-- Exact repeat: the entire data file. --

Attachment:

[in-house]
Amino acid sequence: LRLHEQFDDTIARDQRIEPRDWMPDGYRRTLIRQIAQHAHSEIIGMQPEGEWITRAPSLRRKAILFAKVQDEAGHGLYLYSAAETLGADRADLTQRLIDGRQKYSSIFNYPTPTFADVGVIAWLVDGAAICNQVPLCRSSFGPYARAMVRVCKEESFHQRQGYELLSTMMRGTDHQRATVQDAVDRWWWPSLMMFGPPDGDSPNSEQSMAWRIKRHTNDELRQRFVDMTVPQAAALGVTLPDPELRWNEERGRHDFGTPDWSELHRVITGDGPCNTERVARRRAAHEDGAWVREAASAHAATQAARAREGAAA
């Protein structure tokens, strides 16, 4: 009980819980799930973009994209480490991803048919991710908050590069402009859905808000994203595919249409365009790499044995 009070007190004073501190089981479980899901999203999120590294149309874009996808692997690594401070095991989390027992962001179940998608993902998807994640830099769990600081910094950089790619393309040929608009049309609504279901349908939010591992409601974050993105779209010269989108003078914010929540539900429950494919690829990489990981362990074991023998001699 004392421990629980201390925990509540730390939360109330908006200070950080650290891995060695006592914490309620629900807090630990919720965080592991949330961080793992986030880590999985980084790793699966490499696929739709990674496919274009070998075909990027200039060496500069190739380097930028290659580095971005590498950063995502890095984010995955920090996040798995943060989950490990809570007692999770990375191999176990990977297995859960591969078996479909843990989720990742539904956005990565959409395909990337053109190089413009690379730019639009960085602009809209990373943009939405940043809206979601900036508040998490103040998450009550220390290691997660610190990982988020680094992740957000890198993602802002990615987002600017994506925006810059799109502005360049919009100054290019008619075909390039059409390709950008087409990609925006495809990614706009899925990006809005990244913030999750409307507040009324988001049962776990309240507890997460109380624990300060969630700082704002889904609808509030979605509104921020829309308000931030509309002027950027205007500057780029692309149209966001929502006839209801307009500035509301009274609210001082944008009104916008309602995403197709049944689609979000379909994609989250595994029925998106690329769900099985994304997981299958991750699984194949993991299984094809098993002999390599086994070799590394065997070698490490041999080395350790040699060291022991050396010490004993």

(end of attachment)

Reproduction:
[in-house]
Amino acid sequence: LRLHEQFDDTIARDQRIEPRDWMPDGYRRTLIRQIAQHAHSEIIGMQPEGEWITRAPSLRRKAILFAKVQDEAGHGLYLYSAAETLGADRADLTQRLIDGRQKYSSIFNYPTPTFADVGVIAWLVDGAAICNQVPLCRSSFGPYARAMVRVCKEESFHQRQGYELLSTMMRGTDHQRATVQDAVDRWWWPSLMMFGPPDGDSPNSEQSMAWRIKRHTNDELRQRFVDMTVPQAAALGVTLPDPELRWNEERGRHDFGTPDWSELHRVITGDGPCNTERVARRRAAHEDGAWVREAASAHAATQAARAREGAAA
């Protein structure tokens, strides 16, 4: 009980819980799930973009994209480490991803048919991710908050590069402009859905808000994203595919249409365009790499044995 009070007190004073501190089981479980899901999203999120590294149309874009996808692997690594401070095991989390027992962001179940998608993902998807994640830099769990600081910094950089790619393309040929608009049309609504279901349908939010591992409601974050993105779209010269989108003078914010929540539900429950494919690829990489990981362990074991023998001699 004392421990629980201390925990509540730390939360109330908006200070950080650290891995060695006592914490309620629900807090630990919720965080592991949330961080793992986030880590999985980084790793699966490499696929739709990674496919274009070998075909990027200039060496500069190739380097930028290659580095971005590498950063995502890095984010995955920090996040798995943060989950490990809570007692999770990375191999176990990977297995859960591969078996479909843990989720990742539904956005990565959409395909990337053109190089413009690379730019639009960085602009809209990373943009939405940043809206979601900036508040998490103040998450009550220390290691997660610190990982988020680094992740957000890198993602802002990615987002600017994506925006810059799109502005360049919009100054290019008619075909390039059409390709950008087409990609925006495809990614706009899925990006809005990244913030999750409307507040009324988001049962776990309240507890997460109380624990300060969630700082704002889904609808509030979605509104921020829309308000931030509309002027950027205007500057780029692309149209966001929502006839209801307009500035509301009274609210001082944008009104916008309602995403197709049944689609979000379909994609989250595994029925998106690329769900099985994304997981299958991750699984194949993991299984094809098993002999390599086994070799590394065997070698490490041999080395350790040699060291022991050396010490004993």